Community based organisation, Justice Action, has launched a paper ‘Pricking the Bubble Around Prison Needle and Syringes Programs’ after an exhaustive consultation with prison stakeholders and researchers of national standing. “Unfounded fears and misinformation have deliberately been used to prevent prisoners accessing fresh needles and syringes,” Justice Action Coordinator Brett Collins said, “In fact, the risk of contracting hepatitis C from a needle-stick injury is only 1 in 200 - significantly less than the risk of driving and dying in a car accident at 1 in 83.”
“These are some of the findings of research presented on the eve of an ACT Government decision on the Moore Report” said Mr Collins.
“This risk analysis disproves the myth that prison staff would be less safe. In fact the prison becomes healthier with greater respect given to staff. There has never been a needle-stick attack against prison guards in dozens of prisons across 10 countries with NSPs,” Mr Collins said.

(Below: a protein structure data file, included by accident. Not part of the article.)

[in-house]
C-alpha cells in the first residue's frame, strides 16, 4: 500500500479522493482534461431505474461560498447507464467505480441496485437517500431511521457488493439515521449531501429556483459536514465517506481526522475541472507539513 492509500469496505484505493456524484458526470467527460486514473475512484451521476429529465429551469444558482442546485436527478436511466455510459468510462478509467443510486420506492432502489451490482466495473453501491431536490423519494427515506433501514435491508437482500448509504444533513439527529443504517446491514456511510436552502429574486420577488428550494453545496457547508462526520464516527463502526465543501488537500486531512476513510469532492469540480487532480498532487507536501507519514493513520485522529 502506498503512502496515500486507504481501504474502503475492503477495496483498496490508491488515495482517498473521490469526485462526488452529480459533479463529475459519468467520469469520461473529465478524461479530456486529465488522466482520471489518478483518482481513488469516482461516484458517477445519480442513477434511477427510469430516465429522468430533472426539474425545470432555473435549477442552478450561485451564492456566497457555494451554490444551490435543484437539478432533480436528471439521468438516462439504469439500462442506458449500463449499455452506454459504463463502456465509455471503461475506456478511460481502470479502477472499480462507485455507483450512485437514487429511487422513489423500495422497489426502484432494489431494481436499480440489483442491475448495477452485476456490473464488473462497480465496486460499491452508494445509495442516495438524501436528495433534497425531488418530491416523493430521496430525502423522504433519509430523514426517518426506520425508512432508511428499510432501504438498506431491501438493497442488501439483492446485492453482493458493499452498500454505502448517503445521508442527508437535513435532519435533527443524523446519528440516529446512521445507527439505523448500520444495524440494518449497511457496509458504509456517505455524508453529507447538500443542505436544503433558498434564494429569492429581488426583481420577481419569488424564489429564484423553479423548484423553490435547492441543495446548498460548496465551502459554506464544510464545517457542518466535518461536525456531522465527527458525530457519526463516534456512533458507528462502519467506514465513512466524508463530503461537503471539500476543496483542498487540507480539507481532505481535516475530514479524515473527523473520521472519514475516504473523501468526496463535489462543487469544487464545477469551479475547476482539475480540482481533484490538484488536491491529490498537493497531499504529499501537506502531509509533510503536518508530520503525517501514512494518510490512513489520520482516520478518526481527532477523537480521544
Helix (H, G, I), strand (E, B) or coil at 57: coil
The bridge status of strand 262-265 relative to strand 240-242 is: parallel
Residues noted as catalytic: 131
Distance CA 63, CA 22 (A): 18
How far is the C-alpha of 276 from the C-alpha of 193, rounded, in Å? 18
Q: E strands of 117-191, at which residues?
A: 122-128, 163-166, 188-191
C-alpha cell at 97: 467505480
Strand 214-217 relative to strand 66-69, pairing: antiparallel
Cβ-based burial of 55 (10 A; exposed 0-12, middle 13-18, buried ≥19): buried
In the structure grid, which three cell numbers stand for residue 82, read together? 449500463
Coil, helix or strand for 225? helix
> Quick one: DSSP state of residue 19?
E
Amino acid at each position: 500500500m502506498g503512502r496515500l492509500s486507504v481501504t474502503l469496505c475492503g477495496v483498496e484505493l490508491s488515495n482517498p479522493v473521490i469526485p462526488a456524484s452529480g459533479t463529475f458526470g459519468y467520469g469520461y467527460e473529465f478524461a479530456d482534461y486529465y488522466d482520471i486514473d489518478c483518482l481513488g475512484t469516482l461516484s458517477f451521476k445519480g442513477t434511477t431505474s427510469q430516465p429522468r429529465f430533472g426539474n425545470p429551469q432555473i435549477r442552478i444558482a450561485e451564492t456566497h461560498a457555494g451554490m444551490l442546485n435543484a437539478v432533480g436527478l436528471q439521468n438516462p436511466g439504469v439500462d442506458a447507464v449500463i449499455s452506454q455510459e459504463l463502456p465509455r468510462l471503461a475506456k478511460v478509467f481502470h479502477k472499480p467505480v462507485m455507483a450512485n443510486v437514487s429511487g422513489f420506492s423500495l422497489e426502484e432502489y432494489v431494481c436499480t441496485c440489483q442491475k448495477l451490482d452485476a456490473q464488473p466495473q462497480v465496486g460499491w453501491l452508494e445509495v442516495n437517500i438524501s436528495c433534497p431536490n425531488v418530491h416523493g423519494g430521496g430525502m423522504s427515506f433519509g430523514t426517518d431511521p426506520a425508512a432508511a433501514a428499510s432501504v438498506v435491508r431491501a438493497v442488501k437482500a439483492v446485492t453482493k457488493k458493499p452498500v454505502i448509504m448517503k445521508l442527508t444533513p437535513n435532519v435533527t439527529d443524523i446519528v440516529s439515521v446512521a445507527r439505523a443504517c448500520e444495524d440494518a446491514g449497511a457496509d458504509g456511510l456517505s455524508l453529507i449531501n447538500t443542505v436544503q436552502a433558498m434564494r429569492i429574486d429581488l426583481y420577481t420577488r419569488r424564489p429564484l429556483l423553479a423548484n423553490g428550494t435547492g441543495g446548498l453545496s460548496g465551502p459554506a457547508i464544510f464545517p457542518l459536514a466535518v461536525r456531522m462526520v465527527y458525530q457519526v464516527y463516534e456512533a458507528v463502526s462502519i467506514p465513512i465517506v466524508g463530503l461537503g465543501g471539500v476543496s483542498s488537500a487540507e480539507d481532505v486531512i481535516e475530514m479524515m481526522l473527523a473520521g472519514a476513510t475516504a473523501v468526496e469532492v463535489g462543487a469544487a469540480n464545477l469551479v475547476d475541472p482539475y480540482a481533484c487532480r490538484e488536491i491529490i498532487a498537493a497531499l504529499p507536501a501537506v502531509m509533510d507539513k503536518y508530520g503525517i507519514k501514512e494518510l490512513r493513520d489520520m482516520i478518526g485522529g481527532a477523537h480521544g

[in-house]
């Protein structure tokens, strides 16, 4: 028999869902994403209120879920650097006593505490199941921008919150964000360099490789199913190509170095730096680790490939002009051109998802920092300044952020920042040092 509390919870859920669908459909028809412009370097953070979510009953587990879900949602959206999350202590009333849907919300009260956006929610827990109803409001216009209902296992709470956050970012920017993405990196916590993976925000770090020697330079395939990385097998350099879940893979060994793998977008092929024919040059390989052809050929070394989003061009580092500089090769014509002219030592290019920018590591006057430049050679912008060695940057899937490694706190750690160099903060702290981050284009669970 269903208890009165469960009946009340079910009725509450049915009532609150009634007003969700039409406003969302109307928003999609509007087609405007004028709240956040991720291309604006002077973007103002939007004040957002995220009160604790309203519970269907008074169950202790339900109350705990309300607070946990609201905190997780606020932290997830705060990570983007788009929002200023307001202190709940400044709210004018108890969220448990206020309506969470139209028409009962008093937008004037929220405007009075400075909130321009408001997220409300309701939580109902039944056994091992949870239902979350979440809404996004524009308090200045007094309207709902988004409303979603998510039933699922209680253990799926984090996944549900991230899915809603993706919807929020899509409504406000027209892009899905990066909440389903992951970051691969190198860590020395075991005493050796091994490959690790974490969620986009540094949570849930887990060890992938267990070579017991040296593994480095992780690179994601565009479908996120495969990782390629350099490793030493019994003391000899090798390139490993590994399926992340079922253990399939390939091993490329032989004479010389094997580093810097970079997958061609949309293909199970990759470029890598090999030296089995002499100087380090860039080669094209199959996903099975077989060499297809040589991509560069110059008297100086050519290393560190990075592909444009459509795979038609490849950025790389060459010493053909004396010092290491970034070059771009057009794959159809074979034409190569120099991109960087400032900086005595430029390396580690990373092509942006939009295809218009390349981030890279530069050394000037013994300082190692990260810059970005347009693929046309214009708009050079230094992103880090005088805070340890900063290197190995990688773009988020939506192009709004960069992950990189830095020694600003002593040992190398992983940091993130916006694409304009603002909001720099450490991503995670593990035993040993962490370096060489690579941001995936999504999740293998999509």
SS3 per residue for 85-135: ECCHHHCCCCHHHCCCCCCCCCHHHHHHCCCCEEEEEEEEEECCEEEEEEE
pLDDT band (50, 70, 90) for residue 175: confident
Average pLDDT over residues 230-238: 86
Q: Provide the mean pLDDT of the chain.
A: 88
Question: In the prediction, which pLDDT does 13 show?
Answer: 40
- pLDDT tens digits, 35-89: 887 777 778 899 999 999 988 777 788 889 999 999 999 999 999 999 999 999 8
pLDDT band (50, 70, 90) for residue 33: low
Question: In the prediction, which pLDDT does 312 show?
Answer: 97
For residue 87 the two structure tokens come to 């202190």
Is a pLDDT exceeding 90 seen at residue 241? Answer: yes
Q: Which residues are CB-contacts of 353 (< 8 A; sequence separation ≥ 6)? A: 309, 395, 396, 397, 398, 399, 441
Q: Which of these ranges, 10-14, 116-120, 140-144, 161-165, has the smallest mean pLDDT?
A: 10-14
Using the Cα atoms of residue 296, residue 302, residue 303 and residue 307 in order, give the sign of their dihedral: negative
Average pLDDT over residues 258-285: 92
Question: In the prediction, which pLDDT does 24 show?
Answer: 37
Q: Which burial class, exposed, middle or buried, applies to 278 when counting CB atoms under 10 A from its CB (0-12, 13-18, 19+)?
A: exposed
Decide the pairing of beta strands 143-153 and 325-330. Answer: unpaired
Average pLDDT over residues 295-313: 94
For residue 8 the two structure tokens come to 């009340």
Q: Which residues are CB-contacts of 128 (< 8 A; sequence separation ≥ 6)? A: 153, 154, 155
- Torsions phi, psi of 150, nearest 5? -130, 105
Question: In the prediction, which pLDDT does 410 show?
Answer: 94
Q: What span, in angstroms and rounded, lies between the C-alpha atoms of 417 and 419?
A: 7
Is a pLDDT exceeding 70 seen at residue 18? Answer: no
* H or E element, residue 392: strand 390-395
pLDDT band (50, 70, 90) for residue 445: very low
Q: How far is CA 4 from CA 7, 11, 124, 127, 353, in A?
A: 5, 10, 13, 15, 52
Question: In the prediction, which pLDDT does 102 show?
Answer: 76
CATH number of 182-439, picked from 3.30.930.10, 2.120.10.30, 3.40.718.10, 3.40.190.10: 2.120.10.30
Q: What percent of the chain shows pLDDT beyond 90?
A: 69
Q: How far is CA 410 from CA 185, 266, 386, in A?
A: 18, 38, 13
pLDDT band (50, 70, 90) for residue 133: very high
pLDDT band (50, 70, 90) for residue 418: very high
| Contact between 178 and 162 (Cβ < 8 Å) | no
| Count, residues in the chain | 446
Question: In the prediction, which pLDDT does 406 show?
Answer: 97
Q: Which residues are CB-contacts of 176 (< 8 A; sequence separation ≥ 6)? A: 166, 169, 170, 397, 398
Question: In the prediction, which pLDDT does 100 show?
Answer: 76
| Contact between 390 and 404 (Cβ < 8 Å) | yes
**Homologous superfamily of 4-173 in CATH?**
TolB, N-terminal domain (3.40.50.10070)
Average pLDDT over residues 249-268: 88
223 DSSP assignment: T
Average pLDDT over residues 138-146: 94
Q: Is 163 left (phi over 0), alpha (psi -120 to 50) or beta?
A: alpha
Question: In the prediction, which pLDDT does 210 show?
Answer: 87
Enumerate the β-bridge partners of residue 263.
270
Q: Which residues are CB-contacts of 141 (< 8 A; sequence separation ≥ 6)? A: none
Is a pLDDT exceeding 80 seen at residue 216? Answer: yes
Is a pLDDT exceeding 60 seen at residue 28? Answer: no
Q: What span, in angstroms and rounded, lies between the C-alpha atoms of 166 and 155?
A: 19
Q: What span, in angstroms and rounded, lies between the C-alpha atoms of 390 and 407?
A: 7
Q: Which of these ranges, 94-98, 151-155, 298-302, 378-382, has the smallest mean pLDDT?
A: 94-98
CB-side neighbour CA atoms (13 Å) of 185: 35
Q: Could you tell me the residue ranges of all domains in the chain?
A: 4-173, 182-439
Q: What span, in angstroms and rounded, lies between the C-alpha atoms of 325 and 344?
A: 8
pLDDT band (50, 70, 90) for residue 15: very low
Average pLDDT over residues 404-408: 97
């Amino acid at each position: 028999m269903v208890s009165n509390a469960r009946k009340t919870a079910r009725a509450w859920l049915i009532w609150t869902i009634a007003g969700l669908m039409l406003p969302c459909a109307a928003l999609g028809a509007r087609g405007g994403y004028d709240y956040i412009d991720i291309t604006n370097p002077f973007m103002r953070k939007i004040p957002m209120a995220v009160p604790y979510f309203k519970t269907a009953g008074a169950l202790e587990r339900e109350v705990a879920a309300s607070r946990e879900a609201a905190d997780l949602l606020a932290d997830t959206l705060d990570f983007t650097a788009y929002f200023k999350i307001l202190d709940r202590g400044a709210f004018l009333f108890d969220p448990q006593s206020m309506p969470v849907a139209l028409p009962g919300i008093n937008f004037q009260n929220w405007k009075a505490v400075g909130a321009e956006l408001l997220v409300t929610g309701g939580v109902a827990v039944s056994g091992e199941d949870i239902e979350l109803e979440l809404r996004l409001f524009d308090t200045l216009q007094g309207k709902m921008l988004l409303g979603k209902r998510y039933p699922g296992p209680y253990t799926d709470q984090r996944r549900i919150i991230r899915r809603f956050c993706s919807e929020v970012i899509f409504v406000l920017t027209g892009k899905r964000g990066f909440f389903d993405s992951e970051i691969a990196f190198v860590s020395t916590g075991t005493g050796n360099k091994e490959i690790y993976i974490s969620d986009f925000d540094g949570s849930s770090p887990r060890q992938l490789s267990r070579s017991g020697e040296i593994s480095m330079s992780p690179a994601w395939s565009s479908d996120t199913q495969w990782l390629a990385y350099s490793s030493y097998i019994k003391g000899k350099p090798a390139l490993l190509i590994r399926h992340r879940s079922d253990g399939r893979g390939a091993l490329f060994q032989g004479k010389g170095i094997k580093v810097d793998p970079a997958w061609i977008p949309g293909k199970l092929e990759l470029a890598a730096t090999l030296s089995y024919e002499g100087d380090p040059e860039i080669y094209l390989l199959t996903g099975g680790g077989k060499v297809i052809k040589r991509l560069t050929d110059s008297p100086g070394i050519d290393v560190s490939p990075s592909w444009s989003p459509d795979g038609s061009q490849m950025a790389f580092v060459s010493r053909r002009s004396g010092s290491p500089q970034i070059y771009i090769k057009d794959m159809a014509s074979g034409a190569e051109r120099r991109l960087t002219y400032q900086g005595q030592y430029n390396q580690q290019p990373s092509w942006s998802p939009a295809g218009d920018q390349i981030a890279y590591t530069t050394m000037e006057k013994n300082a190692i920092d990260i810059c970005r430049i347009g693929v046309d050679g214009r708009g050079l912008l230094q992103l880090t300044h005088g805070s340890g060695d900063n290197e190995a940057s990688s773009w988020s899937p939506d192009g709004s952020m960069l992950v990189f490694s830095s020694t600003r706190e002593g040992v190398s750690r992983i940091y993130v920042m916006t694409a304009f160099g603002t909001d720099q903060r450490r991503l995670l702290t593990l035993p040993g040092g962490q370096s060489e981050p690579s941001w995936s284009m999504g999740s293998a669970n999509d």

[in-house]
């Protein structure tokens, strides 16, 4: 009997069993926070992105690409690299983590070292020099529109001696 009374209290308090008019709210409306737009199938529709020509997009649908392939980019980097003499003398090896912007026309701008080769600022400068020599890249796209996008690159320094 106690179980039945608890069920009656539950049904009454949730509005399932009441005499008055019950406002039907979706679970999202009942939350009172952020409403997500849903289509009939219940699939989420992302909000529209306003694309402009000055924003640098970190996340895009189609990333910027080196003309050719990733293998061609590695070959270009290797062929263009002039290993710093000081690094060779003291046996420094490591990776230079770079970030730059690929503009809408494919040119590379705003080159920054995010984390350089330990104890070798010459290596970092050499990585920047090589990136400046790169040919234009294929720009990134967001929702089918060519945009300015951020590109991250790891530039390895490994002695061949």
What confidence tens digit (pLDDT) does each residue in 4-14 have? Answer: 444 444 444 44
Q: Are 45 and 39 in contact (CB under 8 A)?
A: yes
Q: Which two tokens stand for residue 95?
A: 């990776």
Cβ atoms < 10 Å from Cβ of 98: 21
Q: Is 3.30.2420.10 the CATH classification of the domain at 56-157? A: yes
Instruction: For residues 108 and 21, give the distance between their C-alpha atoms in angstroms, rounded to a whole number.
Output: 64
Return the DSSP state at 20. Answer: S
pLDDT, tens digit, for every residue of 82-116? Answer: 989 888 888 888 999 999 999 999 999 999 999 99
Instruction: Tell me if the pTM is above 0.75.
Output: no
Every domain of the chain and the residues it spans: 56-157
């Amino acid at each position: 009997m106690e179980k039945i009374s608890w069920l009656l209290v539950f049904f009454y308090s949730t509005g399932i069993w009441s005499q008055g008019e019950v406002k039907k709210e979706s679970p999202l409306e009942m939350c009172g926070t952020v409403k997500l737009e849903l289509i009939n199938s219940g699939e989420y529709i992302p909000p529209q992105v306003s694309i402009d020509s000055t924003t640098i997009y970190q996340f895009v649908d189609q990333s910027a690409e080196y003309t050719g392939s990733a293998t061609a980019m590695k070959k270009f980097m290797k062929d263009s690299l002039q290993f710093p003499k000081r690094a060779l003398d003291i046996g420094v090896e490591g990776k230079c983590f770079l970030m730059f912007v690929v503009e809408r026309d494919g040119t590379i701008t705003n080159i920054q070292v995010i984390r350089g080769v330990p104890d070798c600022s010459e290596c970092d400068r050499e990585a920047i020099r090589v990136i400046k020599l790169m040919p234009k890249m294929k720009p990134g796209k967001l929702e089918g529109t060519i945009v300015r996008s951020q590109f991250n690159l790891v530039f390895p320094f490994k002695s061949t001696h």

“Opposition to the NSP by some staff and unnamed ex-prisoners are an expression of the inhumanity in the prison culture, suggesting that prisoners are irrational and don’t want to be healthy. This perpetuates the stereotype of them not being part of the community – the ‘others’ from whom we must be protected. It is the structural effect of building a cage for humans” said Mr Collins.
“Justice Action opposed the new ACT prison, saying that it would become a festering sore spreading its sickness by isolating people from their communities, cross fertilising their problems and increasing crime. But naïve supporters argued that the Alexander Maconachie Centre would be human rights friendly. It is time to abandon the failed experiment” said Mr Collins.
“The Moore Report found that more than 50% of prisoners have hepatitis C and a quarter had injected in the previous month. An HIV outbreak in such a environment is just a matter of time despite the clear obligations under ACT law” said Mr Collins.
Source: Justice Action